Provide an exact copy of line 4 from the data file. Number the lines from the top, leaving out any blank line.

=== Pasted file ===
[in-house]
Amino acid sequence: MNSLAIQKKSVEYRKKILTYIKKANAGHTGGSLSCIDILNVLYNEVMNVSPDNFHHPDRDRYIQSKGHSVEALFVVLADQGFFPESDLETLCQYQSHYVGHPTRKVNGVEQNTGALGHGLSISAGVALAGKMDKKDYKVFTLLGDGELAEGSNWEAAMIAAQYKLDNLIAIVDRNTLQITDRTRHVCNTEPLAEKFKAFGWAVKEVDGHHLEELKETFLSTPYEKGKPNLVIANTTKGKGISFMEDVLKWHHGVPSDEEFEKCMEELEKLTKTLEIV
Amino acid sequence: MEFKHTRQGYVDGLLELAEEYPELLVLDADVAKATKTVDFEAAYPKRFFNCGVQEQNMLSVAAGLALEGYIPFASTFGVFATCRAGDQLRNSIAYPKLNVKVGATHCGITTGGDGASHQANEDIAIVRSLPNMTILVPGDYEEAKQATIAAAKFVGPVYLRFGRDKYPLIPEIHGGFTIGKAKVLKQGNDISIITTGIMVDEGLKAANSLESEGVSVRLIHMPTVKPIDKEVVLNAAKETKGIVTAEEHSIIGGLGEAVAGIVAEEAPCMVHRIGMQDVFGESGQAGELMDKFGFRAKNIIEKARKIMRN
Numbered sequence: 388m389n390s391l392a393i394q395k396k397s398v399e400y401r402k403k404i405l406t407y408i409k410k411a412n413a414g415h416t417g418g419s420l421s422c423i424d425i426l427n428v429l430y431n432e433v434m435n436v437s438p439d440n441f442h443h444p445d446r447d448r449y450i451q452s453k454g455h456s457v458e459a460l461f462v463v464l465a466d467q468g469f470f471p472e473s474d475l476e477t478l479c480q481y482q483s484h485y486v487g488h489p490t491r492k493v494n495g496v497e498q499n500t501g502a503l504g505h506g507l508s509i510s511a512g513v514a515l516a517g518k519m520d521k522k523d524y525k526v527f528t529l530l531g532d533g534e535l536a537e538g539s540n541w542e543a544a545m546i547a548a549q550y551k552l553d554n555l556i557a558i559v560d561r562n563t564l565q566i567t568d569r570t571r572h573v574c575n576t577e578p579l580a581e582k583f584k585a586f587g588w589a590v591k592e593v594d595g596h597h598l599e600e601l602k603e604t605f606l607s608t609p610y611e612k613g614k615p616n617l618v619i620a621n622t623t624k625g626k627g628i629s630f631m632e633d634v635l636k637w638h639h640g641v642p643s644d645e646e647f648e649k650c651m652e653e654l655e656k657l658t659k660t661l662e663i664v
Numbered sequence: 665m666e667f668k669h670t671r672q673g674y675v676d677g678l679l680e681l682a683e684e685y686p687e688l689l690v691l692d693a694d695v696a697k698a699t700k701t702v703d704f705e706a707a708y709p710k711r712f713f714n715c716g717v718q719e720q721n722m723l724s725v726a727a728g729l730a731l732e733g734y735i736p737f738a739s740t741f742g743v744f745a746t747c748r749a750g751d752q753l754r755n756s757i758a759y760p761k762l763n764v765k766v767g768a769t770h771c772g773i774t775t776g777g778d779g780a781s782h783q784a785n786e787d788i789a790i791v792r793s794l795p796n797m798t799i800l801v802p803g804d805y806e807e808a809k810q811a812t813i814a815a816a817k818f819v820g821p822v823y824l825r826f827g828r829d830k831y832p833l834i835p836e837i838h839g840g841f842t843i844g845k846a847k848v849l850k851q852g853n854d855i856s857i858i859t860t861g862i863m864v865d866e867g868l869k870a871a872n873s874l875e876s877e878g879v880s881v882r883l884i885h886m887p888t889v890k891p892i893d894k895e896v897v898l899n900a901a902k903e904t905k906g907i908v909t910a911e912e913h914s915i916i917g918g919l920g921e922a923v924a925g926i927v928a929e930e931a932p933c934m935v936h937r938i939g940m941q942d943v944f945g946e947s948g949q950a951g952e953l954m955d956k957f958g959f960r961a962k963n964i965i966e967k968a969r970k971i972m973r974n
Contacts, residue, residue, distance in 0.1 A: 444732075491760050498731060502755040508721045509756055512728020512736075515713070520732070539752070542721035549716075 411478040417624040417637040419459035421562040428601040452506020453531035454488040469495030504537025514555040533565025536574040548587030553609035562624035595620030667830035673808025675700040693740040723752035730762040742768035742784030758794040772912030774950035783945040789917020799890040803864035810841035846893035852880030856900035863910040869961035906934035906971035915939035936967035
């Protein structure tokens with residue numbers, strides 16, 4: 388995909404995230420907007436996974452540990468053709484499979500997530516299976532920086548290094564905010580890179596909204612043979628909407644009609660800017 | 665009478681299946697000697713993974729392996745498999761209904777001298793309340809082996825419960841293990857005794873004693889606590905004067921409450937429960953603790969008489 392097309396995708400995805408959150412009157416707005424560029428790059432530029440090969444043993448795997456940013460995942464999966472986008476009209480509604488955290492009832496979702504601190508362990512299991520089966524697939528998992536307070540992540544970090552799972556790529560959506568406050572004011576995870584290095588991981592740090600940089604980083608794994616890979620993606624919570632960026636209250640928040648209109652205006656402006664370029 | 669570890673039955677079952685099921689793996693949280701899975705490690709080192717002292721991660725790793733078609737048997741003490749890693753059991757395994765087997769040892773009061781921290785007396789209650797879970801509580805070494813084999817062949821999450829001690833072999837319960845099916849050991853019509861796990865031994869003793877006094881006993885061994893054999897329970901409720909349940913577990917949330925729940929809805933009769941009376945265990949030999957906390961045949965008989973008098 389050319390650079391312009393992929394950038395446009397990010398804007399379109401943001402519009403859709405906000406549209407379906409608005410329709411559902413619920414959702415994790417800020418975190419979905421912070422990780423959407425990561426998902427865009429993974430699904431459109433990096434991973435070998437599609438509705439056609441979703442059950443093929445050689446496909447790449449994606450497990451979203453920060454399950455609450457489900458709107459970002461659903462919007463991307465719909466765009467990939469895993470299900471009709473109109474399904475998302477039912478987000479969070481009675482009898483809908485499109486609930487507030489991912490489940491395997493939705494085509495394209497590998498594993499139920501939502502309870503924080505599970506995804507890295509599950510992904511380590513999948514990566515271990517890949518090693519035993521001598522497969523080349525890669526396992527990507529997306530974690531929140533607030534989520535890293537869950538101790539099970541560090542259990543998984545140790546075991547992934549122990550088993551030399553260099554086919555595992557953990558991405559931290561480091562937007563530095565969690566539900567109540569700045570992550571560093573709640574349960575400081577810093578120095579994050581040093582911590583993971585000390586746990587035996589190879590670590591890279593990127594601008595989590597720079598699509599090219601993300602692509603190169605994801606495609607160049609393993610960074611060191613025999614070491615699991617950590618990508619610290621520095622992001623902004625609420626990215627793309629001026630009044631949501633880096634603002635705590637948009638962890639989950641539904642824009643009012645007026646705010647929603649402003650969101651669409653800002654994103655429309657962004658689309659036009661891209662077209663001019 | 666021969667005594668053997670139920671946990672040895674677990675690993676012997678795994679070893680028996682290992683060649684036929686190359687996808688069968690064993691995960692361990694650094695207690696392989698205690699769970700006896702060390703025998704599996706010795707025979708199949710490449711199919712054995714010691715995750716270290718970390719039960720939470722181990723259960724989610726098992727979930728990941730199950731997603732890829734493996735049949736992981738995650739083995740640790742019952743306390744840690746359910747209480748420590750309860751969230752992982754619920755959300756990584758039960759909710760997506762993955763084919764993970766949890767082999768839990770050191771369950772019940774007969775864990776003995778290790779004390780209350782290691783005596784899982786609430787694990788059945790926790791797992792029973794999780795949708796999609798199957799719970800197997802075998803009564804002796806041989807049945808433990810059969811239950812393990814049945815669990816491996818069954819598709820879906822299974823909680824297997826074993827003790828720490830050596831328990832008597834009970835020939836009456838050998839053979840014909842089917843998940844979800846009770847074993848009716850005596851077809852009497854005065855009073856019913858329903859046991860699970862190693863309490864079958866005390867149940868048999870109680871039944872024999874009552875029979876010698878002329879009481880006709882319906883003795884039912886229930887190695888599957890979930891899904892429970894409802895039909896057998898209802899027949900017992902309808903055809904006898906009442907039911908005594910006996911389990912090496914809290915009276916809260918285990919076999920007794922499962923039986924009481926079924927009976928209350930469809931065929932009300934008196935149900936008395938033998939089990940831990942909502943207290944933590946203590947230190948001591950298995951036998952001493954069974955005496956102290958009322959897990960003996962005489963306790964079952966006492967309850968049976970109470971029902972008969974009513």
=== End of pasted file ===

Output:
Numbered sequence: 388m389n390s391l392a393i394q395k396k397s398v399e400y401r402k403k404i405l406t407y408i409k410k411a412n413a414g415h416t417g418g419s420l421s422c423i424d425i426l427n428v429l430y431n432e433v434m435n436v437s438p439d440n441f442h443h444p445d446r447d448r449y450i451q452s453k454g455h456s457v458e459a460l461f462v463v464l465a466d467q468g469f470f471p472e473s474d475l476e477t478l479c480q481y482q483s484h485y486v487g488h489p490t491r492k493v494n495g496v497e498q499n500t501g502a503l504g505h506g507l508s509i510s511a512g513v514a515l516a517g518k519m520d521k522k523d524y525k526v527f528t529l530l531g532d533g534e535l536a537e538g539s540n541w542e543a544a545m546i547a548a549q550y551k552l553d554n555l556i557a558i559v560d561r562n563t564l565q566i567t568d569r570t571r572h573v574c575n576t577e578p579l580a581e582k583f584k585a586f587g588w589a590v591k592e593v594d595g596h597h598l599e600e601l602k603e604t605f606l607s608t609p610y611e612k613g614k615p616n617l618v619i620a621n622t623t624k625g626k627g628i629s630f631m632e633d634v635l636k637w638h639h640g641v642p643s644d645e646e647f648e649k650c651m652e653e654l655e656k657l658t659k660t661l662e663i664v